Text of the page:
Australasian Science: Australia's authority on science since 1938

Big Bang Conundrum

By Stephen Luntz

An unexpected consistency in the concentration of deuterium atoms in the distant universe might be a curious coincidence, or it could rewrite our understanding of the Big Bang.

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Deuterium atoms, which combine a neutron with the proton and electron of an ordinary hydrogen atom, were formed during the Big Bang. To the best of our knowledge no natural processes since then have created any more, while on the other hand deuterium is sometimes destroyed within stars.

Cosmologists are interested in finding out how much deuterium was initially created in the Big Bang. In the youngest galaxies we can observe it at about 30 parts per million hydrogen atoms.

Besides existing in atomic form, deuterium can bond with ordinary hydrogen atoms to form hydrogen–deuterium (HD) molecules. The concentration of these HD molecules in distant galaxies has shown an unexpected and unexplained consistency. The researchers who discovered this think it’s merely a coincidence borne from a small sample size, but it’s just possible they have stumbled on a pattern of great significance.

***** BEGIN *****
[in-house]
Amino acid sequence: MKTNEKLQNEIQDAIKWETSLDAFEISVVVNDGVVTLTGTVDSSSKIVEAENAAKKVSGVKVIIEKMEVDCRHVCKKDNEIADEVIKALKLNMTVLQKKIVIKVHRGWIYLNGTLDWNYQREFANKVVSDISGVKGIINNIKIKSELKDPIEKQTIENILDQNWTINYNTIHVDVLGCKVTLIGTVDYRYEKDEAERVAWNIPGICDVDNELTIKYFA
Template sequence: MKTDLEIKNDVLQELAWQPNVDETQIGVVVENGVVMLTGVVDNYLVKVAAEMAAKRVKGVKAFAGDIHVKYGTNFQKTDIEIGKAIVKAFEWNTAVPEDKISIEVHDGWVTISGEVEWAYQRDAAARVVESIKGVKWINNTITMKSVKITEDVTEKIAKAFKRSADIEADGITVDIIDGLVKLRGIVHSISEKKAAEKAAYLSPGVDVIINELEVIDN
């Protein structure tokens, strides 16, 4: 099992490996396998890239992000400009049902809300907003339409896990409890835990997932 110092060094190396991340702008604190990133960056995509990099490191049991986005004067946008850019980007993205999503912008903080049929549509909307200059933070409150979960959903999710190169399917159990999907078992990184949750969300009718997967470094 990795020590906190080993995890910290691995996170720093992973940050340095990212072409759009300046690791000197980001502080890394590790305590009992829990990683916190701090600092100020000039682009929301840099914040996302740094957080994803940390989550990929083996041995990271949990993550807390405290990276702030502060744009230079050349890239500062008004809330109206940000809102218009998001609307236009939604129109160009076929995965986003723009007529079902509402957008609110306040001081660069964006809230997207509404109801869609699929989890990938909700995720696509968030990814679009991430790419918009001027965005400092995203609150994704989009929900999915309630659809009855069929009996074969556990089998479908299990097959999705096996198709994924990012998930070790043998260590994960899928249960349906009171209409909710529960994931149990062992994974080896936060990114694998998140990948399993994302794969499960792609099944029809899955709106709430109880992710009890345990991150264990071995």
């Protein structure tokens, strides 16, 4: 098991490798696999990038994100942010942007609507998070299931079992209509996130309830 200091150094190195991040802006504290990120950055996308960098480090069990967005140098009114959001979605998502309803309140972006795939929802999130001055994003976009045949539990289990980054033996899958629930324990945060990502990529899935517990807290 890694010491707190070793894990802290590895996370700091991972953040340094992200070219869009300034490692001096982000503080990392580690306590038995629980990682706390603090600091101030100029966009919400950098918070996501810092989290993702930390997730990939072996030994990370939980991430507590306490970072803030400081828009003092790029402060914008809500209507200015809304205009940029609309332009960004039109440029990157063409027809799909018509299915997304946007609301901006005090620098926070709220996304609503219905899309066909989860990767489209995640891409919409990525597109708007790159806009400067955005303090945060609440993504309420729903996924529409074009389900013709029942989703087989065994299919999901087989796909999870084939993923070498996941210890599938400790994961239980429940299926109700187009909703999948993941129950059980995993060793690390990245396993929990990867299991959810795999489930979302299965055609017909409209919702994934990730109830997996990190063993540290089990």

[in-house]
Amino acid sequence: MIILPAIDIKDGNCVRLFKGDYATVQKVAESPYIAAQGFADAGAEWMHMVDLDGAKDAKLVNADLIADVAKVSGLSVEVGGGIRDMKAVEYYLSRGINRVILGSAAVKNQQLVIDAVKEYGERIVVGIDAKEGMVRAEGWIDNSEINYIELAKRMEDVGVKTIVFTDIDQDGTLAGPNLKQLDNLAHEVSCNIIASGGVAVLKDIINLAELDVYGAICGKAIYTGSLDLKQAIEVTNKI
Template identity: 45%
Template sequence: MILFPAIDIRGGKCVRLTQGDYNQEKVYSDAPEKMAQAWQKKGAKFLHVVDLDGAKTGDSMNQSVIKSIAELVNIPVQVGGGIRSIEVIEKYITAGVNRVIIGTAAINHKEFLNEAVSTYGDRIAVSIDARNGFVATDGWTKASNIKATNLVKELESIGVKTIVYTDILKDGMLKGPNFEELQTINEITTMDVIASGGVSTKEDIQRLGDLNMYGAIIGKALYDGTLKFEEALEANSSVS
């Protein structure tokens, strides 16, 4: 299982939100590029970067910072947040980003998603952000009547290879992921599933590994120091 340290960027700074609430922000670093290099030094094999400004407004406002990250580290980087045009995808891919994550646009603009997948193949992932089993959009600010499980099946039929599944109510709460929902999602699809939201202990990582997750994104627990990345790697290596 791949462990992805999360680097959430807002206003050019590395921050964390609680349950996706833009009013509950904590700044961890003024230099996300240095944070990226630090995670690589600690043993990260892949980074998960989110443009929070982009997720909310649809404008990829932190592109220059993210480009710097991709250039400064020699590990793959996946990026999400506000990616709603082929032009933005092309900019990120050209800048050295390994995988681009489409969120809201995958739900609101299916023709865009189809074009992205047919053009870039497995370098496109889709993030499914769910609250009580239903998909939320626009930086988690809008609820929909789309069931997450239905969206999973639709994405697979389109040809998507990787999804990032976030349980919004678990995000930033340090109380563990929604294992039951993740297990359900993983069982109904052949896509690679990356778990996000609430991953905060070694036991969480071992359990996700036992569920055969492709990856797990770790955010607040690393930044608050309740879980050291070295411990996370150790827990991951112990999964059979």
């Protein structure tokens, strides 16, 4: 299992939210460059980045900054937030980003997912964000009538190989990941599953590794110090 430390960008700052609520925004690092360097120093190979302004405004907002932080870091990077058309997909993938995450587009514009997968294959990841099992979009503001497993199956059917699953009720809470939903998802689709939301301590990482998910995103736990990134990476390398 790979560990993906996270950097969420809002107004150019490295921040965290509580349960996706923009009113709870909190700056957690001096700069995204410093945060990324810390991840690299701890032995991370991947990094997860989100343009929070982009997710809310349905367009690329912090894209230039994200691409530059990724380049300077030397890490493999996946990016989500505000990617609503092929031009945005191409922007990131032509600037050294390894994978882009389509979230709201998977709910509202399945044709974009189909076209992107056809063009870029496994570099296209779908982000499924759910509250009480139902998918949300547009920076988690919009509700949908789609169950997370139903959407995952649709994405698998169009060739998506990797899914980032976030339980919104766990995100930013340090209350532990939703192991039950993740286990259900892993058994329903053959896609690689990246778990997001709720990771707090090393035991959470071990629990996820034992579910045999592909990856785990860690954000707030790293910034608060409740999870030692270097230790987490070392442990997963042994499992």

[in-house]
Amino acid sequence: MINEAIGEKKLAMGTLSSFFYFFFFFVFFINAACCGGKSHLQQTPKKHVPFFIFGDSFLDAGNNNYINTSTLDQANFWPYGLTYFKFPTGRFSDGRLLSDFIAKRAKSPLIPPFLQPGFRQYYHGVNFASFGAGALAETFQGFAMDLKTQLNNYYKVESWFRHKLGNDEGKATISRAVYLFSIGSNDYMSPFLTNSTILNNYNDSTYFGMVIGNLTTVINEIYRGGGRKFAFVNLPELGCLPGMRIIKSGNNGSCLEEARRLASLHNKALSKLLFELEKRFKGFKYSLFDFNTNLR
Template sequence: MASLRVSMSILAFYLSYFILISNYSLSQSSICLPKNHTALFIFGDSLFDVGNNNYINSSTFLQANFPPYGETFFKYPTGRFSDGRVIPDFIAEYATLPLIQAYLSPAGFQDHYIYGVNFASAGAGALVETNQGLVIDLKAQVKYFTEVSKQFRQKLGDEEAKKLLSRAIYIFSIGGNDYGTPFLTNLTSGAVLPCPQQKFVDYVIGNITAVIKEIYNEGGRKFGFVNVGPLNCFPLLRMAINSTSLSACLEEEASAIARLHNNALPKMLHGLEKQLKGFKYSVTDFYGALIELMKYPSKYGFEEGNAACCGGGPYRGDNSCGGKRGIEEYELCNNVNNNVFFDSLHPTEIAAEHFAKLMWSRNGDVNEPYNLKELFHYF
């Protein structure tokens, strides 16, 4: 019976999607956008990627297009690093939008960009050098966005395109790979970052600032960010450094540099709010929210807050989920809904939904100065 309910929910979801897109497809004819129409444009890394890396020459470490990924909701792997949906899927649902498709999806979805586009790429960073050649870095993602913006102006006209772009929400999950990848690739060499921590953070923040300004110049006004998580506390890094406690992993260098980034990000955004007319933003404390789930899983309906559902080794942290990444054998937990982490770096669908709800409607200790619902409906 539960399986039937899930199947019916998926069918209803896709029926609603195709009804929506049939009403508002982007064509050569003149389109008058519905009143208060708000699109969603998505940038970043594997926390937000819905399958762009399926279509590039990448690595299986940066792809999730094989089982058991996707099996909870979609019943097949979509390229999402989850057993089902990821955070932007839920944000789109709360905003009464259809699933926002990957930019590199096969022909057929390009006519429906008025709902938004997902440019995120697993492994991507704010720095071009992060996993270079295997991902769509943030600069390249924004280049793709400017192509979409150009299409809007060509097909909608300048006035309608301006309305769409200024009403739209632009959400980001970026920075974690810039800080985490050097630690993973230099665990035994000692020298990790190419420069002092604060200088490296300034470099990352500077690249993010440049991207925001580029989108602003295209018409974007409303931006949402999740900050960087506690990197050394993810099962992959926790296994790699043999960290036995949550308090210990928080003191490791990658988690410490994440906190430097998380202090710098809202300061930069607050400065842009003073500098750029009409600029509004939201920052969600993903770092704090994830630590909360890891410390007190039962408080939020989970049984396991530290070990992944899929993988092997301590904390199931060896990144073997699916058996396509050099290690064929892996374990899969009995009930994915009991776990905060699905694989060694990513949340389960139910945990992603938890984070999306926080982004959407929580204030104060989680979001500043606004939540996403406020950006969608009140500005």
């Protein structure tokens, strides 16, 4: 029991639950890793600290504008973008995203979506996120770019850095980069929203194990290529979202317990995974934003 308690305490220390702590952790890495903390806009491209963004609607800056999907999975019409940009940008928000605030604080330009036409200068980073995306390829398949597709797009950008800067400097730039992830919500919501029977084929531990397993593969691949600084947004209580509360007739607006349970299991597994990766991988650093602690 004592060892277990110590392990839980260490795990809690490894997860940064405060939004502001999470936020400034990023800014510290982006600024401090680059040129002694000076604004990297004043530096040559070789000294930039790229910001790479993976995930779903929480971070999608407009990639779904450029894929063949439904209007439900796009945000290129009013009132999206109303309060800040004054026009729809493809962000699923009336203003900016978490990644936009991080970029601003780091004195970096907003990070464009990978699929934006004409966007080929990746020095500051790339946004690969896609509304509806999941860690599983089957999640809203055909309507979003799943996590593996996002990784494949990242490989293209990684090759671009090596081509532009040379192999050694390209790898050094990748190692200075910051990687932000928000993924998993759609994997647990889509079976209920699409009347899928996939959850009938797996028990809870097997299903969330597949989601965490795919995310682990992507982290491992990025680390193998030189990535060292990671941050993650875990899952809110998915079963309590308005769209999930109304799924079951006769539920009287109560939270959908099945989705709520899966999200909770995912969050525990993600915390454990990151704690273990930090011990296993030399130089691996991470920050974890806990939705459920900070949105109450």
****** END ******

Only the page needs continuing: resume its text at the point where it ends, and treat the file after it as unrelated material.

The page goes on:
Isaac Asimov once said: “The most exciting thing to hear in science is not ‘Eureka!’ but ‘That’s odd’”. It’s certainly what Dr Michael Murphy of Swinburne University’s Centre for Astrophysics and Supercomputing and PhD student Adrian Malec thought when they compared the concentration of HD molecules with molecular hydrogen (H2) in four distant parts of the universe.

In all four cases the HD shows up as roughly 30 parts per million hydrogen molecules. This is strange...

The full text of this article can be purchased from Informit.